Fig. 10
figure 10

Rectal GIST in a 55-year-old man with a palpable mass on digital rectal examination. a Transrectal ultrasound reveals a hypoechoic vascular mass (arrow) arising from the rectal wall. b Sagittal and c axial T2-weighted MRI reveals the lesion (arrow) to be heterogeneously hypointense and is arising exophytically from the right anterolateral wall. d Sagittal fat-suppressed T1-weighted MRI reveals the lesion (arrow) to be intermediate signal intensity and e contrast-enhanced T1-weighted MRI reveals intense enhancement (arrow). f The mass is bright on diffusion-weighted (b-1,000) MRI

Neuroendocrine tumours

Neuroendocrine tumours (NET) are categorised into three groups: well-differentiated neuroendocrine tumour (benign behaviour or uncertain malignant potential; synonymous with carcinoid in gastro-enteric NETs), well-differentiated neuroendocrine carcinoma (low-grade malignancy; synonymous with malignant carcinoid) and poorly differentiated neuroendocrine carcinomas (high-grade malignancy; usually small cell neuroendocrine carcinomas) [36]. Rectum is the second most common gastrointestinal tract carcinoid following small bowel and comprises 27.4 % of all carcinoid of GI tract [37]. Rectal carcinoid is a submucosal tumour with a more indolent course compared with adenocarcinoma. Metastasis occurs in 4–18 % of cases [38]; most commonly to bone, liver and lymph nodes and has better prognosis in rectum compared with other sites. It is located commonly in the mid-rectum on the anterior and lateral wall [39]. On MRI they appear as a solitary, small, submucosal, polypoidal mass, isointense on T1 and isointense to hyperintense on T2 with marked homogenous enhancement [40] (Fig. 11). Management decisions are based on tumour size, necrosis, depth of invasion, mitosis and angiolymphatic invasion. Current treatment recommendations are: <1 cm—endoscopic or trans-anal resection; 1–2 cm, without muscular invasion or lymph node metastasis—wide excision; 2 cm or greater, muscular invasion or lymph node metastasis—radical surgery [22].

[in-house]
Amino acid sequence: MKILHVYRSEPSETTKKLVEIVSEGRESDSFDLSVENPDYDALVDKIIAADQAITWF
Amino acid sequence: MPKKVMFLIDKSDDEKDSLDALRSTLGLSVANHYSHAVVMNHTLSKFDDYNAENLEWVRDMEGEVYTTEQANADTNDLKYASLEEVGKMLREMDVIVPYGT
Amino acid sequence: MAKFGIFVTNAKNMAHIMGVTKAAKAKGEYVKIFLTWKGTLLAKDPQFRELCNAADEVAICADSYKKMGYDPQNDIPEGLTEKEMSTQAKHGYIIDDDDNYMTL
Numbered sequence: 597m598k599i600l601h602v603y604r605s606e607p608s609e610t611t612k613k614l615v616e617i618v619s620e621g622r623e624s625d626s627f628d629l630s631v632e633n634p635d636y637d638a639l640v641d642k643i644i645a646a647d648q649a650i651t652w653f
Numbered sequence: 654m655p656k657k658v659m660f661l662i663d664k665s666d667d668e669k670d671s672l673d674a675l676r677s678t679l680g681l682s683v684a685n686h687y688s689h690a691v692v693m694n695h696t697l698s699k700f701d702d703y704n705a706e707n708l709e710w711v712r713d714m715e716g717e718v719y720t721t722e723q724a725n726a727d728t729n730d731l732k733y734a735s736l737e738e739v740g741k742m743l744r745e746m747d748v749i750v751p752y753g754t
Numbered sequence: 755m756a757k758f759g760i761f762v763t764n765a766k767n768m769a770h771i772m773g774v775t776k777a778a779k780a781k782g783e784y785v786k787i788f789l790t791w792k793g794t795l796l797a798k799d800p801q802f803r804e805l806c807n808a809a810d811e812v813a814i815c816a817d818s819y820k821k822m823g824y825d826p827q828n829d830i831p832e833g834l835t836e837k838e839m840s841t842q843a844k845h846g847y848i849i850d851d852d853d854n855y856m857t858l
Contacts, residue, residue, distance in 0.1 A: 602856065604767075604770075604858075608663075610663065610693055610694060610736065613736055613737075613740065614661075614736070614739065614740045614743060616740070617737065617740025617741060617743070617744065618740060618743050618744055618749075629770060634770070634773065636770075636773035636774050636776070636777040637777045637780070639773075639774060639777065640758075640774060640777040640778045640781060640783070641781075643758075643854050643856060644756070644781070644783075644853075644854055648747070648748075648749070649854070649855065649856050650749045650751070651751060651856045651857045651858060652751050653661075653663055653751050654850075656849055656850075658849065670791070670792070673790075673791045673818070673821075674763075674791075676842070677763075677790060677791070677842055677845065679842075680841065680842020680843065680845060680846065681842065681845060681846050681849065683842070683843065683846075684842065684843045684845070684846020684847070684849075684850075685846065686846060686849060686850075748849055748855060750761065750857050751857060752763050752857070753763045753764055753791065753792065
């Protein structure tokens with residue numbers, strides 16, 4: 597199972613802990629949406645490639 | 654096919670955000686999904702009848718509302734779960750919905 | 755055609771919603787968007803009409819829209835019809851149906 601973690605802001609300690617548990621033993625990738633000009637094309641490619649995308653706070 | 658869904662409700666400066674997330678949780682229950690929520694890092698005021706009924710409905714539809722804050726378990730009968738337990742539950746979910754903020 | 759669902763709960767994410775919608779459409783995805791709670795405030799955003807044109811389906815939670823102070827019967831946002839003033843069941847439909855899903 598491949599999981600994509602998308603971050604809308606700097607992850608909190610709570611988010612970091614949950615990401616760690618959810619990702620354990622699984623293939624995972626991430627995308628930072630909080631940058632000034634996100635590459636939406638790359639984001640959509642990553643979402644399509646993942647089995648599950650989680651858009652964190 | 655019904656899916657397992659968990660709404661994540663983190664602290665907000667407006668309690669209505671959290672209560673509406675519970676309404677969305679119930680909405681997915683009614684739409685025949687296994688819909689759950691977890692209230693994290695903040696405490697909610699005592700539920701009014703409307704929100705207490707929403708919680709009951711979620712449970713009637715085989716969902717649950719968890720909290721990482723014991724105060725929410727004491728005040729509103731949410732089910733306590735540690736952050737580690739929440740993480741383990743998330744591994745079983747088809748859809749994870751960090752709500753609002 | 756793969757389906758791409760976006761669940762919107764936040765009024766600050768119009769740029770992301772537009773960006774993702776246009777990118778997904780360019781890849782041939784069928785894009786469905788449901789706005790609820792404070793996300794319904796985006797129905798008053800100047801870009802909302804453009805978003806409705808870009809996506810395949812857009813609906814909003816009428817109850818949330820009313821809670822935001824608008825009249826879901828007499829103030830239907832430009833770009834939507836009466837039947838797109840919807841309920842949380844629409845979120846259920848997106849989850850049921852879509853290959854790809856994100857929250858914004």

Fig. 11
figure 11